Something that needs saying about riding Ben: That I owe Friday's and Saturday's rides to Finny, and Royal before him, for their steady calm reliable nursing me through of nerves at getting back on any horse, let alone great big powerful (elderly, yes; out of shape, yes; but still immensely powerful) Ben. And to Hillary Prime's endless patience with my irrational fears and dithering over whether to go ahead and ride one of her patient schoolies. I've always lived with fear when riding, probably a relic of one or two scary crashes in my late teens/early 20s, coupled with the fact that I didn't have much formal instruction back then, went a couple of decades without riding at all, and took it up again as basically a beginner around age 40. I lucked out in Nick, my first horse, my 43rd birthday present to myself, even though at first he put me on the ground more than once; once I learned to ride better, and discovered the unparalleled security of an Australian stock saddle, our trail riding partnership blossomed. Toward the end of our time together I'd even bareback him. By the time I met Ben I'd developed (through painfully tedious effort; I'm not a natural) some decent riding skills, and with the aid of Sue Edelen, an excellent dressage instructor, I forged a fine partnership with my great spiderlegged Thoroughbred. It helped that Ben is naturally placid, easygoing, eager to please, and had superb training put into him before I got him. We rode all over the local trails, with much enjoyment. And yet.... And yet, over all the quarter century of my adult riding career, fear has niggled at the back of my mind, no matter how much I knew and loved and trusted my horse. Irrational, sometimes barely discernible, but never wholly absent. After Nick's death in 2005 at age 23, though Ben was still in his riding prime, just age 13, I found myself riding less and less; somehow there was always some excuse or other not to ride this day or that. For a while, a cruelly short while, I had a marvelous Morgan I'd putter about on, till founder lamed him and finally took him, and sometimes I'd pop on him for a short ride and let Ben continue loafing. Then, five years ago, before my hip went to hell and needed replacing, before the long layoff from physical activity and slow recovery of whatever strength and agility survived, this happened. And my riding courage, never sturdy, finally and fully deserted me. The hip surgery a year and a half or so later merely reinforced what was already a painful reality for me. Ben's own physical infirmities have offered a convenient excuse not to ride him, but the truth was, I was just plain afraid. Afraid, once I was back on my feet, to get on any horse at all. And yet.... And yet I did miss riding. I did think wistfully of all the amazing, exciting, lovely, fulfilling, wonderful rides I'd enjoyed over the years, and wish I could do it again. So finally I decided to start again, start with something safe, safe, safe, dear sensible little Royal. At a walk. Eventually at a trot. For brief ring sessions -- I wasn't fit for more. Then, after Royal's tragic passing, along came wee red Finny, safe, safe, safe, in the ring and hacking out, and my tiny riding horizons expanded a wee bit. And I began to think about riding Ben again. Now, as I've said before, Ben and I will never again go hacking out for hours at all gaits; neither one of us will ever regain that kind of fitness; but if the fates are merciful, we will enjoy a twilight renewal of sedate rides. And I will not fear. Or not very much. Royal: Finny: Nick: Ben: Commander:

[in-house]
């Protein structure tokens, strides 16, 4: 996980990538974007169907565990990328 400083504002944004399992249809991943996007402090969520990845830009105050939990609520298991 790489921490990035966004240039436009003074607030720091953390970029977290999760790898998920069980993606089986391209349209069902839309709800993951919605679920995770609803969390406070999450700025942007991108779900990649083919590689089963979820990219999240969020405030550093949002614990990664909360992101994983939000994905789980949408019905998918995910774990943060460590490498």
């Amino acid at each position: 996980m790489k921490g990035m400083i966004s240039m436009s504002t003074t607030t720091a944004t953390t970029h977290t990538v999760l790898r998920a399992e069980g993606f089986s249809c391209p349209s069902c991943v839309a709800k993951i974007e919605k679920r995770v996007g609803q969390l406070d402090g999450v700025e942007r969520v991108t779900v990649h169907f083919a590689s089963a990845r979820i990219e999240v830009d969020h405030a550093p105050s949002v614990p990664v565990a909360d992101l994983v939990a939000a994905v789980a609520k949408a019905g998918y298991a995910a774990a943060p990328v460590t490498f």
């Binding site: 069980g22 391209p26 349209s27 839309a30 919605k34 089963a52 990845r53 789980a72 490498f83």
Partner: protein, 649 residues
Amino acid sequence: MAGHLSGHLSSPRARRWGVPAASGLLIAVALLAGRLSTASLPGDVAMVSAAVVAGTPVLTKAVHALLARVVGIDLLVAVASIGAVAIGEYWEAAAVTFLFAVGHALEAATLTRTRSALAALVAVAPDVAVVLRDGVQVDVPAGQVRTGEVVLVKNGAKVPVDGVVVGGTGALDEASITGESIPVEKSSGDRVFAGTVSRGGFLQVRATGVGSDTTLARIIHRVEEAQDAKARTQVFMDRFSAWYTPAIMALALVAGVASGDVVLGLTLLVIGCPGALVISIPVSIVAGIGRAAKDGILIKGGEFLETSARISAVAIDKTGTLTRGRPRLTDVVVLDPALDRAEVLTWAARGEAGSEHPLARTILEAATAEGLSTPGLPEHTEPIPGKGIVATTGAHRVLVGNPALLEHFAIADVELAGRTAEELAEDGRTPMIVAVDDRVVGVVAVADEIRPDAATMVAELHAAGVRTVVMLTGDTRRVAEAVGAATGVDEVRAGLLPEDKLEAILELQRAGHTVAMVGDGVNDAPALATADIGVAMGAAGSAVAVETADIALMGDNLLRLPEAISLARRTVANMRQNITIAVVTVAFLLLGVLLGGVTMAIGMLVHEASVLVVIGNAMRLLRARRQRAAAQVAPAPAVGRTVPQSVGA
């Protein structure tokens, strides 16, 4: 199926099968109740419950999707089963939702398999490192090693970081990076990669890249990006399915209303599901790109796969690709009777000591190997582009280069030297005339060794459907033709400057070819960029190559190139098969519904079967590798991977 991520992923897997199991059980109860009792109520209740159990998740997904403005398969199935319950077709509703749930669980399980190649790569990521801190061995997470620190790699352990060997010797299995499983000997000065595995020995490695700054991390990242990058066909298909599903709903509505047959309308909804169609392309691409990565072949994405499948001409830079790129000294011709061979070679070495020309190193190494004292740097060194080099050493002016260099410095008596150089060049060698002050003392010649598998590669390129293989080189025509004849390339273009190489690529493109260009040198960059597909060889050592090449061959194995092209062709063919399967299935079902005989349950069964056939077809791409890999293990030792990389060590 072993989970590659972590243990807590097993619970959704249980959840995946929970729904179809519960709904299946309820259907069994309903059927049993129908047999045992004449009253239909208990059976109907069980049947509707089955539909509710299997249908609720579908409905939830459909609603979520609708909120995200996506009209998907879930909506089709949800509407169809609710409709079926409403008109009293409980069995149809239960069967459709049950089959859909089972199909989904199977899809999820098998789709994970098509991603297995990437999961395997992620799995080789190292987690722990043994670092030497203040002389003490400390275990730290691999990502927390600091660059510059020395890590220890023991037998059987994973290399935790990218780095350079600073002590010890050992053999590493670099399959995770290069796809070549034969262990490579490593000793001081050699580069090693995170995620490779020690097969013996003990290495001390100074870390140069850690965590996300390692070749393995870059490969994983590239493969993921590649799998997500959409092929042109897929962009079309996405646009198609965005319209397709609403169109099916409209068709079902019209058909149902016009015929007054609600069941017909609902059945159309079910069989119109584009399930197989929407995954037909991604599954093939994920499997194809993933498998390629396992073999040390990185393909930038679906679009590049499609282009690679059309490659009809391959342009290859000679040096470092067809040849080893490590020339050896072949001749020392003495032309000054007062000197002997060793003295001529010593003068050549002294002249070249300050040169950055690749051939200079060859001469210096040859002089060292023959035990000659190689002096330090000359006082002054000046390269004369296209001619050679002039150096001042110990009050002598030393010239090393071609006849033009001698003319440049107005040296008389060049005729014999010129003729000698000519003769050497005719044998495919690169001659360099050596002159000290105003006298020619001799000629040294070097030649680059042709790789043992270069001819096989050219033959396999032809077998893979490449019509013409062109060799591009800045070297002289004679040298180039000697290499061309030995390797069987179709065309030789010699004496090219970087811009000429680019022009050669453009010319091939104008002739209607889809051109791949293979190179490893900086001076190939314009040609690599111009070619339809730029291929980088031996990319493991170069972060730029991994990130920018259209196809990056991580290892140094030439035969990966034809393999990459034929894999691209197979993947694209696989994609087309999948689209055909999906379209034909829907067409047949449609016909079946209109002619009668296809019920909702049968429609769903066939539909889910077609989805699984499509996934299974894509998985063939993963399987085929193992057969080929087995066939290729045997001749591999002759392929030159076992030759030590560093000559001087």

Friday, July 1, 2016